Years ago it wasn’t uncommon to post a question you have to a website called a forum in order to get help figuring out how to do something. This of course was back when forums were still the rage and videos on the internet were not nearly as popular as they are today. It wasn’t very long after when trying to learn how to do something has now turned into an internet video search and you generally come up with half a dozen people explaining how to do the task at hand. Notice, I didn’t say that they are explaining how to do it well or do it right.
EXAIR started making how-to and tips and tricks videos back in 2010. We have consistently released new videos that cover the vast reaches of our products. Some are more subject matter expert videos, others are tips and tricks / how-to and finally you have the more in depth product knowledge videos.
The best part of this is that our Application Engineers are the ones that made/make them and so you get to see us, hear us discuss the proper way to proceed with products or situations. You can also call and talk to us if there is anything we may have left out. We always look forward to walking through troubleshooting, new installations, or even theoretical applications of products. If you want to look through the videos, you can search here on our blog, you can review them on EXAIR.com or even our YouTube channel.
Feel free to reach out and let us know, we are always here to help.
One of the free services we offer to customers here at EXAIR is our Efficiency Lab. In case you are not familiar here is a brief synopsis. Speak with an Application Engineer about your existing compressed air blowoff/point of use product and that you would like to know how much air it consumes. Fill out the brief survey and send the product you use in to our facility. Let us perform tests on calibrated test equipment to determine the force, flow, and noise level. We will then issue you a report that states what the EXAIR model would best be suited (if applicable) as well as how much compressed air you will be able to save. Order the recommendation and start saving money.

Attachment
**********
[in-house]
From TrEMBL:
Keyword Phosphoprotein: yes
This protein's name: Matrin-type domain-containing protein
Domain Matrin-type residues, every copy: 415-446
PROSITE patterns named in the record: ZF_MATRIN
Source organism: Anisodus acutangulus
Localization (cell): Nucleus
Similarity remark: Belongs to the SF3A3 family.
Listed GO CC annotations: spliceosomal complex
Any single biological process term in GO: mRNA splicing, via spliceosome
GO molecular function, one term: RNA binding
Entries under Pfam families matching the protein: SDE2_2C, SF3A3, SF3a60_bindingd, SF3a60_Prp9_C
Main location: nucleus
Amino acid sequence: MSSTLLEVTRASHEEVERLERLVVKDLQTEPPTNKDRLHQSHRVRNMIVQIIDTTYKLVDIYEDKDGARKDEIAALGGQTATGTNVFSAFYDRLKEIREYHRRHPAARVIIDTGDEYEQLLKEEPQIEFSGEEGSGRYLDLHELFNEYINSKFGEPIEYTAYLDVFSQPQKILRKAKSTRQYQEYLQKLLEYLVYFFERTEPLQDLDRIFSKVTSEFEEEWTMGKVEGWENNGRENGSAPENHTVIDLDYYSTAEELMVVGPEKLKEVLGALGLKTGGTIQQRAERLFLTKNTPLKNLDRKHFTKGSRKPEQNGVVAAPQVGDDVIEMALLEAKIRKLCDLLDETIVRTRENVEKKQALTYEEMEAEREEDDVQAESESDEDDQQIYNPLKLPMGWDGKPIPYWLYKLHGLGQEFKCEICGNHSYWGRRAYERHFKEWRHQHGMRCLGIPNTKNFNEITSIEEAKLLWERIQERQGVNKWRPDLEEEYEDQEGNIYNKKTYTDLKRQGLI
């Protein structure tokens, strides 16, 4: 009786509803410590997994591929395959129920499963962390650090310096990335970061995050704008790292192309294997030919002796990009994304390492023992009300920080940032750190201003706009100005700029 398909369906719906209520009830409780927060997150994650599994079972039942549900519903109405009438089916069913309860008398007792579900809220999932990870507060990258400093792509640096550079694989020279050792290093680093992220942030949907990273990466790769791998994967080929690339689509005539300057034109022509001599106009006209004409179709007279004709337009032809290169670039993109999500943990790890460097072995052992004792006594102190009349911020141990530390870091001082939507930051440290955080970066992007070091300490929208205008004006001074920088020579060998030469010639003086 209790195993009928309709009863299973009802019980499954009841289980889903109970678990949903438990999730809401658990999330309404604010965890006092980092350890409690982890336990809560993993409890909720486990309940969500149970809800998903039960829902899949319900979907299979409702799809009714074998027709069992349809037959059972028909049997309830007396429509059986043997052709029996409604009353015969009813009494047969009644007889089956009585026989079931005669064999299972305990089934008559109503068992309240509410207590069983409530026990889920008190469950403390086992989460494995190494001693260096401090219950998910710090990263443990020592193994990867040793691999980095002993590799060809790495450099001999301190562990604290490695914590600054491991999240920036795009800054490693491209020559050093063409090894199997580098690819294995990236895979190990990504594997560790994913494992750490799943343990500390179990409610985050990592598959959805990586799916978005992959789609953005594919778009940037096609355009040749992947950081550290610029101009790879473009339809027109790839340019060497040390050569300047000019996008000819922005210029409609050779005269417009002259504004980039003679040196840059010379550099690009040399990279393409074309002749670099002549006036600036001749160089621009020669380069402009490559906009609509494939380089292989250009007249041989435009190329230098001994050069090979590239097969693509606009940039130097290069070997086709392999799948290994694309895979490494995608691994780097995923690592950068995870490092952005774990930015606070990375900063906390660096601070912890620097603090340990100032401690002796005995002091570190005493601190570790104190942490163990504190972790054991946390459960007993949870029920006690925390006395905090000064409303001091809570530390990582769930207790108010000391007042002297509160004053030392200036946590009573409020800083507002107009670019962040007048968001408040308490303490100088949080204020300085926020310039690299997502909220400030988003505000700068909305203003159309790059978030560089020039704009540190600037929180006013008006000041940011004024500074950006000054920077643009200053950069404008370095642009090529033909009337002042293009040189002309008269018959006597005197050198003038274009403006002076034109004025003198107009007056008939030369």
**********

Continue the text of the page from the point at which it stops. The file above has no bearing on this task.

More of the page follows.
To do these evaluations, we have to have calibrated equipment that is reliable and capable of handling vast range of products we may receive in. For this, we could use a Digital Flowmeter, in some cases that is what has to be done due to large flow rates. For the majority of these though we go old school. We utilize a piece of equipment called a rotameter.
This is a device that is designed to measure the flow rate of a fluid within a closed tube. The inside diameter of the tube is varied which causes the float within the meter to raise or lower. They are calibrated for a specific gas at a given pressure and temperature, most are calibrated for atmospheric conditions, 14.7 psi (1.014 Bar). The meter must be mounted vertically and this is not always best suited for industrial environments.
When testing products the compressed air within the meter is pressurized which means we have to correct the reading for the given pressure, if the temperature is outside of the calibration temp then we must also perform that correction. We do this using a table provided by the manufacturer of the meter or by using the calculations shown to get exact values that may be in between the pressures in the table.
This will allow us to then multiply the Correction Factor by the meter reading and calculate our corrected flow for the point of use device at a given operating pressure and temperature.
Knowing where the values that are measured and calculated come from add validity to the reports and understanding all of the variables that go into reading like this helps to better validate the cost savings that can be seen.
In a pinch, for a field estimation, we can also use these Correction Factors and determine an approximate consumption rate of a device that has been measured at a pressure such as our cataloged 80 psig (5.5 Bar). This can often be done on the fly to help determine the flowrates currently on a system. This can be helpful when troubleshooting, giving estimated simple ROIs, and help justify results and reasons for future purchases of engineered solutions.
We understand that it is more important than ever to realize savings within manufacturing processes. EXAIR can reduce compressed air consumption and provide simple ROI in a matter of weeks in MANY cases.